The British had to re-occupy Iraq during World War II because the Sunni Arab government tried to ally itself with the Nazis. At the time many Arabs admired Nazism (and many still do). The Brits again conquered the country, gathered together another bunch of Sunni Arab notables and told them they could run things if they stayed away from the Nazis. That 1941 deal lasted until the 1958 when the Sunni Arab politicians and generals decided that this constitutional democracy stuff wasn’t working for them. The royal family was massacred and parliament purged of “disloyal” elements. The Sunni Arabs were now firmly in charge, via a series of dictators, until Saddam Hussein was deposed in 2003. Despite the subsequent elections many in Iraq, not just the Sunni Arabs, believed a dictatorship (with them running it) would be the best solution for the nation's ills. Some Iraqis (mostly Sunni Arabs but even a few Shia Arabs) still admire Saddam and consider his blood-soaked reign a "golden age." Few Iraqi Kurds (who are Sunni) or Shia Iraqis agree with that.

When the American and British removed the Sunnis Arabs from power in 2003 many of the Sunni Arabs still believed they were born to rule and enjoy 80 percent of the oil wealth. That was a sweet deal since Sunni Arabs were only 20 percent of the population while Shia Arbs were 60 percent and other minorities (mostly Kurds) the rest. Al Qaeda came in after 2003 and added Islamic radical terrorists to all those terrorists that the Sunni Arab nationalists and Saddam supporters had recruited to help them put Sunnis back in charge. This backfired, as al Qaeda represented a form of political action that the post–World War II Sunni Arabs had abandoned and even gone to war with. Islamic radicalism was never all that popular in Iraq. But now, in the name of restoring Sunni rule Islamic terrorists were allowed to do as they pleased. This led to all non-Sunni Arabs becoming "legitimate targets" that could all be killed or driven out of the country. Such threats are nothing new and have been getting worse for over a century. Thus the old (founded in 2006) Islamic State of Iraq (which eventually became ISIL in 2013) still has a lot of veteran personnel who are fighting to get the Sunni Arab minority back in charge of Iraq at any cost. That effort was crushed by 2008 but the corrupt Shia government forced the Americans out in 2011 and, ignoring U.S. advice, froze out the Sunni Arabs and drove many right back to the Islamic terrorist groups. The Iraqi Sunnis made a comeback and were defeated again in 2017.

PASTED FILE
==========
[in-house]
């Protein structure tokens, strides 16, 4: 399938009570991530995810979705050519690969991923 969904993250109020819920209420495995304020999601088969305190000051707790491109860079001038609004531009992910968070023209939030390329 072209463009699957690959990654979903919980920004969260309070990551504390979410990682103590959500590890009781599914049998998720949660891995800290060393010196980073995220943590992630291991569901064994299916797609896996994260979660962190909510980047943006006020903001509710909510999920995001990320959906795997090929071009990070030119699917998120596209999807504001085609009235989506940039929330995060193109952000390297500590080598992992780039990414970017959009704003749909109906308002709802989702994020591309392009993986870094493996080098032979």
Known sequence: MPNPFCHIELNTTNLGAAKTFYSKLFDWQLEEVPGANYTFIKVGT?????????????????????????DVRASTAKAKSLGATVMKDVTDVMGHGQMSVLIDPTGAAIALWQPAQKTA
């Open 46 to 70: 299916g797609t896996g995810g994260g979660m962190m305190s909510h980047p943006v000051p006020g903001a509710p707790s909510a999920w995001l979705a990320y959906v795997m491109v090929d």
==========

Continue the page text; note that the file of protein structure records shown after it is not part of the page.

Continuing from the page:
Yet ISIL still has that no other group had and that was access to thousands of trained and experienced Sunni Arab military officers, civil servants and technical specialists. This was long known but was confirmed again in early 2015 when an American commando raid into ISIL territory captured vast quantities of ISIL records (mostly on PC hard drives). An analysis of these documents clearly showed the presence of the Saddam’s henchmen who had set up a ruthless but efficient bureaucracy. Because ISIL was even less obliged to obey rules than Saddam they had a department of loot, which raised large amounts of money by selling slaves, oil and any valuable loot (like antiquities) ISIL captured. All that fund raising and administrative skill was not enough and now ISIL has most of the world united to destroy it. But mostly the Iraqi Sunni Arabs knew how to deal in oil, legally or otherwise. Thus the American efforts against ISIL after 2014 concentrated on the money and it worked for the second time in a decade.